Some years ago I started to become acutely aware of the dangers of post-colonial ethnographic scholarship in dance. Because, beyond remaining a personal project for the academic careers of the writers, such writings were beginning to be circulated as gospel truths.
Much like mythologies, an entire body of performance and media narratives were being constructed as evidence to prove the already written theories. Although the ulterior motive of these being the ticket to gain relevance and validation in the world of dance for these writers, eventually feeding back into western academia for awards and promotions in their jobs was evident, it was becoming insufferable, particularly the tiresome inaccurate rhetorics.
By controlling the narrative, claiming incomplete this or unfinished that...etc, sensationalism combined with "show and tell" story narrations of the life, history and performance of hereditary artistes, contrivedly stuck together by warped socio-political theories, borrowed out of context.
I wrote and spoke of this problem. The bigger concern, I felt, was not even these writers controlling the narrative, but a problem of these writers being completely ill-equipped to comprehend what they were encountering through short spans of ethnographic field work with hereditary artistes that they had, what then they were able to consume from these meetings, that too only in translation as they lack felicity in local languages, lack of depth to understand the nuances in socio cultural contexts which then reflected in their writing. What was said by the artiste, understood only via translation, then super imposed with borrowed theories that construe the past in a manner to make the present, a site of conflict.
Such tired populist rhetoric unfolded certainly in the case of Viralimalai Muthukannammal's narrative. A perfectly articulate woman, who can speak, dance and sing her life's work and experience, as witnessed by people who came to my event in 2020 and the more recent one that happened about which I write below. She was silenced and spoken about by the English language writing about her. As her student, I was privy to what she constantly says about her life. And I was sickened by the white washing and meshing of her narrative in ways that she had never consented to or worse till today cannot access or known enough to disagree with. Neither her, nor her next generations can do it, that is how far- off these projects are.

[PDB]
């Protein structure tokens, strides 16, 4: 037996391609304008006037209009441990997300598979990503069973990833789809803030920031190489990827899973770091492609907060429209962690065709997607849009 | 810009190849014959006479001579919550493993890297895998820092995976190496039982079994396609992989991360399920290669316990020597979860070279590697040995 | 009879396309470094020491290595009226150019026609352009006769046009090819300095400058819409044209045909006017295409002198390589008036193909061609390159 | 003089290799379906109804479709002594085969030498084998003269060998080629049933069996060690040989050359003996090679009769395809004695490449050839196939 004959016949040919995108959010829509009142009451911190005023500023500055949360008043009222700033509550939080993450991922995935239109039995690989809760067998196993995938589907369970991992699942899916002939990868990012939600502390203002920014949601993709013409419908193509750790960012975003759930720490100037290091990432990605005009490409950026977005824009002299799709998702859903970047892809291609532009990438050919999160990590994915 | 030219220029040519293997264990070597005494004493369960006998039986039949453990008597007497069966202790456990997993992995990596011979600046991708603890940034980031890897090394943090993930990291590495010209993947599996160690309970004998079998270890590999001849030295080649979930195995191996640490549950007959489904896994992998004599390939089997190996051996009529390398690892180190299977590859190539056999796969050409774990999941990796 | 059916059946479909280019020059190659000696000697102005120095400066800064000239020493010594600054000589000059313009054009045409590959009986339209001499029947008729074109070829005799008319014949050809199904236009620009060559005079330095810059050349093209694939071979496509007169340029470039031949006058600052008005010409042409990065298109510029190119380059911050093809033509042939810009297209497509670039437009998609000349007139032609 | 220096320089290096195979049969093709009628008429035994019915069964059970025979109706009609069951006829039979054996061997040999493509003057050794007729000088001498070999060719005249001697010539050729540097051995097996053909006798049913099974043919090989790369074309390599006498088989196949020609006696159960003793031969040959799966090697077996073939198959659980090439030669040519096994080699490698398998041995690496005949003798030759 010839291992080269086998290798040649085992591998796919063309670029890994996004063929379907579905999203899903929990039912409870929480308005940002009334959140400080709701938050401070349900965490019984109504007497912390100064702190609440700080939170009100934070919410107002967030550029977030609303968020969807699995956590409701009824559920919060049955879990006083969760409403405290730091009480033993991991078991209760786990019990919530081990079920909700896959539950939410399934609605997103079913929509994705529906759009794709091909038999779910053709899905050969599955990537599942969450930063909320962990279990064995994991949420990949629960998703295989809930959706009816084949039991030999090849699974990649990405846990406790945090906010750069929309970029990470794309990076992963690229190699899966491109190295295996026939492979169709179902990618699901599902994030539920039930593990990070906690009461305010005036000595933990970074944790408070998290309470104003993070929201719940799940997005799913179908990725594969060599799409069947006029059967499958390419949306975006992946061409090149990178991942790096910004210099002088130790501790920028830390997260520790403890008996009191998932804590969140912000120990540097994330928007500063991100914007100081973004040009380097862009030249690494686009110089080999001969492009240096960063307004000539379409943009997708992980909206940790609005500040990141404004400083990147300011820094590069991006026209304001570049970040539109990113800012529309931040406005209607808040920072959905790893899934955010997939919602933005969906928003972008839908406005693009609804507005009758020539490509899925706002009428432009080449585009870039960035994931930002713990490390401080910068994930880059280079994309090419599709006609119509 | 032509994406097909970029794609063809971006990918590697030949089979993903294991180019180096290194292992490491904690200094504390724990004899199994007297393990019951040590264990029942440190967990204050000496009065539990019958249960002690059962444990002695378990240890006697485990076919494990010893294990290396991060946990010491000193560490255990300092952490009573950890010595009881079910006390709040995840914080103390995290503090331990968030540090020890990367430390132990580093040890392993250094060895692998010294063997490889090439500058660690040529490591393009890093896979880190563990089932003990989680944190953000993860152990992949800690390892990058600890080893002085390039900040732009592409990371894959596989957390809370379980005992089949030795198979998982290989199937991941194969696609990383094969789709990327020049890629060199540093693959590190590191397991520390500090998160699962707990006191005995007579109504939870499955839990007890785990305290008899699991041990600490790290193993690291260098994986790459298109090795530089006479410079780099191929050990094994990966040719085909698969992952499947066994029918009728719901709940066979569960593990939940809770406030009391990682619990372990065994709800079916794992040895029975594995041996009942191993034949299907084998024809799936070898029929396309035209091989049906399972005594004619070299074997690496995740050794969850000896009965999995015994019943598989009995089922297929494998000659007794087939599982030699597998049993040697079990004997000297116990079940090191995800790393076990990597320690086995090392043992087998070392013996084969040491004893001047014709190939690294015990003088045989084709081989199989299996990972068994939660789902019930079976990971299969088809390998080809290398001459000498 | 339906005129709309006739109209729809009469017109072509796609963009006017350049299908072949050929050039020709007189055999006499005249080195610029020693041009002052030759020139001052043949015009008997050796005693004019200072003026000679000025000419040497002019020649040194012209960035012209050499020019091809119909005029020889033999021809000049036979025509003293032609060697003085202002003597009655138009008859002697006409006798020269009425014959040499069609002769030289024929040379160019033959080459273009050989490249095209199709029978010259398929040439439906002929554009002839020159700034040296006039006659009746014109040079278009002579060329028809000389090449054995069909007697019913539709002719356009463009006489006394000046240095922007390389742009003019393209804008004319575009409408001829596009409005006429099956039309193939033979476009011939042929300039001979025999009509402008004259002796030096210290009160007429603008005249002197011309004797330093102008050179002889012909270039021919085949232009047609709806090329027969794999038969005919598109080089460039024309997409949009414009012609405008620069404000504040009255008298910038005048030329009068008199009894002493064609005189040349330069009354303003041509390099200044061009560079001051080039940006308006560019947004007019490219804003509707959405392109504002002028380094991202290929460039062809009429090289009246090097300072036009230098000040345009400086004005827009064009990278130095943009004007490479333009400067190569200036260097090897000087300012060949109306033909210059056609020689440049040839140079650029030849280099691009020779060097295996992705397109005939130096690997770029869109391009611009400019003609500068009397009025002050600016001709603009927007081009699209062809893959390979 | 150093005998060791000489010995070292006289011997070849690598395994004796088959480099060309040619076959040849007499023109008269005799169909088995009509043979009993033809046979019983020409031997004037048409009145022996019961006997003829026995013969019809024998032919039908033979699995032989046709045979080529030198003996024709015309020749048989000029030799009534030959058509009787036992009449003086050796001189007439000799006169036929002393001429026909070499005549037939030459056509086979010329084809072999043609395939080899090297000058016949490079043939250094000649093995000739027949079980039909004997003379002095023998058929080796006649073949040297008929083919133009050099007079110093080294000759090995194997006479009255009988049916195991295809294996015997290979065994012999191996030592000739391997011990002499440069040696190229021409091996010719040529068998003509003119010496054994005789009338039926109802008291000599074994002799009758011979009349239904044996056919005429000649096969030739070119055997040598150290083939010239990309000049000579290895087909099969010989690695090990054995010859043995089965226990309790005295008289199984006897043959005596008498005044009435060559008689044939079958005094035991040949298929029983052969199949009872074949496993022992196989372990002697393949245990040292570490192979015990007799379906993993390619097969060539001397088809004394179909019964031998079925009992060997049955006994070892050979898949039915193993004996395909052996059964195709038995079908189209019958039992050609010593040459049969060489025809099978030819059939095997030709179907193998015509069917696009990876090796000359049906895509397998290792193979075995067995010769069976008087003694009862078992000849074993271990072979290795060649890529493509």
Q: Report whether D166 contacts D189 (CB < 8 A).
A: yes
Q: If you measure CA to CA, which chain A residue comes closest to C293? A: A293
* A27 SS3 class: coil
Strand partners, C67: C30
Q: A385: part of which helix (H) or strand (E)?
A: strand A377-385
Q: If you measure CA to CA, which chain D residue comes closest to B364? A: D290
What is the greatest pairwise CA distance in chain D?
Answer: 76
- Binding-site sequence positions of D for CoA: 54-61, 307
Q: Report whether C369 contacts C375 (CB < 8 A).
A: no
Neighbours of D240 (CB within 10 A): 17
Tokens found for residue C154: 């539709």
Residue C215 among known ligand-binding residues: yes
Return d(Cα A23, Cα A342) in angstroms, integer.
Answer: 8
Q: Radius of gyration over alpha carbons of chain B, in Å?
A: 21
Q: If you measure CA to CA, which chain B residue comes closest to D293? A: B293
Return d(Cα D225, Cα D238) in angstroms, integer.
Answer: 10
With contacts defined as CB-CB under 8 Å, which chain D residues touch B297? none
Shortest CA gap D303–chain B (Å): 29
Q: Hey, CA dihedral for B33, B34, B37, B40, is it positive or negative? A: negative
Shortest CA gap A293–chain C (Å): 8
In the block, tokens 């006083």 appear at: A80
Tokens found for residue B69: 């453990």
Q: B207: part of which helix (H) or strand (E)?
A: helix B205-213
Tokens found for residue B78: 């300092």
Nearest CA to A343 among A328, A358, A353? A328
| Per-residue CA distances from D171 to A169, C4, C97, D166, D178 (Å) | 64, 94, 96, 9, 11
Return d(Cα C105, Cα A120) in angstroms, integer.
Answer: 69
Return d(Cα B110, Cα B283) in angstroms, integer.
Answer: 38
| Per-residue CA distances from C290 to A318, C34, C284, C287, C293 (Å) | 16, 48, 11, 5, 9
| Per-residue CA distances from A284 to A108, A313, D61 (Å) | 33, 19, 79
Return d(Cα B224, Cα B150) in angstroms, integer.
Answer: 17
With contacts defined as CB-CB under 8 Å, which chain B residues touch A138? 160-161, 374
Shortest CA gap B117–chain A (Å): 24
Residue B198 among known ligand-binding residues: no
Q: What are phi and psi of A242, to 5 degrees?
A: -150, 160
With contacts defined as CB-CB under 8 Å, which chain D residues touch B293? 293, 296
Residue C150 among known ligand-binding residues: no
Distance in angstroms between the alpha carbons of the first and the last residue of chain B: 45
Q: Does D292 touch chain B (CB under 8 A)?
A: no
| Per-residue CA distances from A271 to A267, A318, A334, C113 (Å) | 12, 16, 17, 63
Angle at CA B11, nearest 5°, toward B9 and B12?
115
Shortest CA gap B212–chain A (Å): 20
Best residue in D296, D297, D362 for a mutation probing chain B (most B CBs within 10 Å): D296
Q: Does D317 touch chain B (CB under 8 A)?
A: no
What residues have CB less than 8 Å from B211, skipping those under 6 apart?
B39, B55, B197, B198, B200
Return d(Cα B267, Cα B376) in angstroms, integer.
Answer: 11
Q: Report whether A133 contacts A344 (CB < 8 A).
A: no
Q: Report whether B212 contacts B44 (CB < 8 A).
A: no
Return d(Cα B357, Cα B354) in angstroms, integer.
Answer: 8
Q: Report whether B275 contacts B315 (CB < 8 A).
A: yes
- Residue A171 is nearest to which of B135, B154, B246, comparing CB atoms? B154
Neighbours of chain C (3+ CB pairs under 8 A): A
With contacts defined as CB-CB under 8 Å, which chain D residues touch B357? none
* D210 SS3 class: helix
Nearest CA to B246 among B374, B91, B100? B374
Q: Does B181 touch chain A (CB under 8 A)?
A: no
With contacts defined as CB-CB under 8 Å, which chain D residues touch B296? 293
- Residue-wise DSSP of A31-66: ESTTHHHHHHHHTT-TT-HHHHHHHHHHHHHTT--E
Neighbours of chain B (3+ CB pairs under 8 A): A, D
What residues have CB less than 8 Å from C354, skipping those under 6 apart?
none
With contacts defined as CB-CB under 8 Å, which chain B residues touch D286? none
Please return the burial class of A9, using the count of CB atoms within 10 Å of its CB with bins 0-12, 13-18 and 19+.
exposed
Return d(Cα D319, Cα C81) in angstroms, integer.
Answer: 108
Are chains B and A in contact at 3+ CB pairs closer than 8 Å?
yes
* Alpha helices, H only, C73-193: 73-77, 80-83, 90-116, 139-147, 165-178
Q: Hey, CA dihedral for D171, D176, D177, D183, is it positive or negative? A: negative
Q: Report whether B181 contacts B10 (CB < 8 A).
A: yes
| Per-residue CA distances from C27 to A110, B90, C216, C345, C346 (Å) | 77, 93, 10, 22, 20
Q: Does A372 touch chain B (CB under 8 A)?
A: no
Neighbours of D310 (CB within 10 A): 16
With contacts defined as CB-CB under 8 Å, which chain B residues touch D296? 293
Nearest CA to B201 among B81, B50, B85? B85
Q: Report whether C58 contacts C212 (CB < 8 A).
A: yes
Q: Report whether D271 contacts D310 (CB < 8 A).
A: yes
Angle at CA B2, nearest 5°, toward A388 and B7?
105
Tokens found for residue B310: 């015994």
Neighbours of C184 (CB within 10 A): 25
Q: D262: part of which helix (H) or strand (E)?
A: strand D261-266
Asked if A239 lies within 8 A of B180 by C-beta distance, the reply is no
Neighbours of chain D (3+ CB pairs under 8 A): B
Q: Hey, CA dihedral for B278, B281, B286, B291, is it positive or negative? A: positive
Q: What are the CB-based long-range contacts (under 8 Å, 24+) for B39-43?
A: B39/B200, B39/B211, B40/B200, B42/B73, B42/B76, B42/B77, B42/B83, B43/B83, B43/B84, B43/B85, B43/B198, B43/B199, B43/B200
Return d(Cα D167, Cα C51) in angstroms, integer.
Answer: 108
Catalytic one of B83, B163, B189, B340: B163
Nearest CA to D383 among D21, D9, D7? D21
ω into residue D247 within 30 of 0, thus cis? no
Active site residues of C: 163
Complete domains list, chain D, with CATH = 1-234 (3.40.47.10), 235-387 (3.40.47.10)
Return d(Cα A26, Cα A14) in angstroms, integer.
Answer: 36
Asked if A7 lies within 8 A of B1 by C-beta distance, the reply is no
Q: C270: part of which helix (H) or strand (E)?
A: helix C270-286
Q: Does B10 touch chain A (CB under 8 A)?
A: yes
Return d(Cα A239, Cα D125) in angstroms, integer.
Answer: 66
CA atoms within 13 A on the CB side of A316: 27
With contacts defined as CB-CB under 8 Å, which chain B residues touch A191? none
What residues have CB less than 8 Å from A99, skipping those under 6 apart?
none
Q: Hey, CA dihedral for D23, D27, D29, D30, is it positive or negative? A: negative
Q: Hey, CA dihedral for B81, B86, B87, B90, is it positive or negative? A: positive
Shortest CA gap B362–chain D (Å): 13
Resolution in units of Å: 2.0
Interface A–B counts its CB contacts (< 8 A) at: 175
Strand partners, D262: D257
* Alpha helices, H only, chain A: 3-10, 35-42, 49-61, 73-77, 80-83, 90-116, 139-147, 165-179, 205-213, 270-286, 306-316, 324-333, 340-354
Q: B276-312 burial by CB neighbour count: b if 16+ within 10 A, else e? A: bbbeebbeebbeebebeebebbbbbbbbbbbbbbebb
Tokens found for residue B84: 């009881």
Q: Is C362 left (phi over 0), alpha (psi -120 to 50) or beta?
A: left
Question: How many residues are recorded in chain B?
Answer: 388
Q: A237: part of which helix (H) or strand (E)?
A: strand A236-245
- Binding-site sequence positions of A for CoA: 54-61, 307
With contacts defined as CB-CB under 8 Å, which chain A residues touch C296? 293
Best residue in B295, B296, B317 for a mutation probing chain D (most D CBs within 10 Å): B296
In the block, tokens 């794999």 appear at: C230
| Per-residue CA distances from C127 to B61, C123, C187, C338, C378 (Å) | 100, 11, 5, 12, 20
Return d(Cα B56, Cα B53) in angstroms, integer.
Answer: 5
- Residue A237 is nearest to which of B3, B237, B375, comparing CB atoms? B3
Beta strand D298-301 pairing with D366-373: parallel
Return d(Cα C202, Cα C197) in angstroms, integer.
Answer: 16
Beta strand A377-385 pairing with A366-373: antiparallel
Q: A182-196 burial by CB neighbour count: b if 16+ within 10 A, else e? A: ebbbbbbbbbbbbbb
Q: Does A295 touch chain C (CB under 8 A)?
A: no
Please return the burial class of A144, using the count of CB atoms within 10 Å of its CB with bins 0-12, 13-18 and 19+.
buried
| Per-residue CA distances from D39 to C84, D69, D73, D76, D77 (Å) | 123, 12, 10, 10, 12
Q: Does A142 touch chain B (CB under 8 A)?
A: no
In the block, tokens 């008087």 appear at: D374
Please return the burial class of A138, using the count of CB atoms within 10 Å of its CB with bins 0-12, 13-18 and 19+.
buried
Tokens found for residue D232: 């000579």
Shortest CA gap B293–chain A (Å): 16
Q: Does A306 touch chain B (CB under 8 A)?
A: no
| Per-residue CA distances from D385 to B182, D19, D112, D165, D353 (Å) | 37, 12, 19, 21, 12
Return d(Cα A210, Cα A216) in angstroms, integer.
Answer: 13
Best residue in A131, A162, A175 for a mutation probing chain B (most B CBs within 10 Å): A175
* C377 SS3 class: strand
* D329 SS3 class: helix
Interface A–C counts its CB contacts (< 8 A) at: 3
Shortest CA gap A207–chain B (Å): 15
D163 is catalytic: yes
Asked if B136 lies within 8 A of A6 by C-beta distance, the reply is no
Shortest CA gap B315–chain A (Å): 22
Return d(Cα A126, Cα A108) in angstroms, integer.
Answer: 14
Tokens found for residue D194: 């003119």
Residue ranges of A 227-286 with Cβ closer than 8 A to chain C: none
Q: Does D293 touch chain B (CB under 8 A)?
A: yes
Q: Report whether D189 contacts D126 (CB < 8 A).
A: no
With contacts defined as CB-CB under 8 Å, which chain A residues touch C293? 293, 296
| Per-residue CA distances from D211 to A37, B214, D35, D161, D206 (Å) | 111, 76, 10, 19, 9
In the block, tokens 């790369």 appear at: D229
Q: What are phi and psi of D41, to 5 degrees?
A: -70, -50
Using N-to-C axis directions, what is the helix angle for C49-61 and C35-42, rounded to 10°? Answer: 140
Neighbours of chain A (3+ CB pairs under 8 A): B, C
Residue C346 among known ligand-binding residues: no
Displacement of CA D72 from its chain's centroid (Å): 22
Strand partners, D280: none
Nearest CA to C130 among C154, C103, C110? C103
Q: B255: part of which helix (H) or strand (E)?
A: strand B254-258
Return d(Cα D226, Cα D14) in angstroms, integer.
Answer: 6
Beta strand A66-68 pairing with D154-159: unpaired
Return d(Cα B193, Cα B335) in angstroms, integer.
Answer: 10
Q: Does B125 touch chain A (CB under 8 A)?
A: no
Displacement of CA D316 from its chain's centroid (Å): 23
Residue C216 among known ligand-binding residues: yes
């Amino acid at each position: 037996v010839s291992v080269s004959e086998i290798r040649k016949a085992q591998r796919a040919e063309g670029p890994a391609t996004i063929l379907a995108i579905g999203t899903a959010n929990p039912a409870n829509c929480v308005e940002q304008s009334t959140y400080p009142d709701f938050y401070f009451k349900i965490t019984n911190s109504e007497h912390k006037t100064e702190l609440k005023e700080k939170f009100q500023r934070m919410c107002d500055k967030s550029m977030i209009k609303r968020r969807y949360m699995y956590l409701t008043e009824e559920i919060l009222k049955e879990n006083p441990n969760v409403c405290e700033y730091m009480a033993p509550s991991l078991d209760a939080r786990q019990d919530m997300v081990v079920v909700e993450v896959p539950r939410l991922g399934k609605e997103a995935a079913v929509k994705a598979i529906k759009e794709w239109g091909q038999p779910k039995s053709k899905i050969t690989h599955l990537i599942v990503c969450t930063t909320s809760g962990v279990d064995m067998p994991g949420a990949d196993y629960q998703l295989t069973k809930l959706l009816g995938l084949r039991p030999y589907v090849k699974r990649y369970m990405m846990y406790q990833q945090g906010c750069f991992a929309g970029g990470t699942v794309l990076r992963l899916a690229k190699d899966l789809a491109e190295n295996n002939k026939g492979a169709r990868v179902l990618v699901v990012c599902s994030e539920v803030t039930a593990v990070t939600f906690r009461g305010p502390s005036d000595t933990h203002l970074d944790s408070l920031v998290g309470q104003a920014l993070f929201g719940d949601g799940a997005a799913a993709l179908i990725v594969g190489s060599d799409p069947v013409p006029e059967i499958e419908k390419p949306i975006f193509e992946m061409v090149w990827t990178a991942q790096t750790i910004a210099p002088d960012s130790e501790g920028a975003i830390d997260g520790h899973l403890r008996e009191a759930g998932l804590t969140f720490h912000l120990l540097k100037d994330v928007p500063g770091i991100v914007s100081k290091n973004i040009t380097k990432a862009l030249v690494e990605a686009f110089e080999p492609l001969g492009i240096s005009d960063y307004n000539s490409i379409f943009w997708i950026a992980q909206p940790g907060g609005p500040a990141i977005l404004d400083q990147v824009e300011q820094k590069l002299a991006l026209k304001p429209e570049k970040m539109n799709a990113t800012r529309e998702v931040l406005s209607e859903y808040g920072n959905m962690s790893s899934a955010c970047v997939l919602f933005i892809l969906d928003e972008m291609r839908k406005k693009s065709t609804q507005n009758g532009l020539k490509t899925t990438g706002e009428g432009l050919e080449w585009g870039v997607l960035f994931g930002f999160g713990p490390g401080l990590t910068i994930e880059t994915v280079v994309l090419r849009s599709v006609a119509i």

In 2020, having had enough, I organised a series called "GET REAL…" starting with Muthukannamal amma. For the first time, dancers, audiences and anyone who wanted to meet her were invited to speak to her directly. An un-mediated space via zoom (it was the pandemic time) made it possible for many dancers from across the globe to meet her as a living, breathing human, who can perfectly share her own story as opposed to having been reduced to a "subject" in an ethnographic exercise.
The zoom room reverberated with the voice of Muthukannamal amma. The whole evening was about asking her questions and she, answering them. This event was seen as a fresh approach to hearing their story in their voice, for the first time and people globally participated and loved it.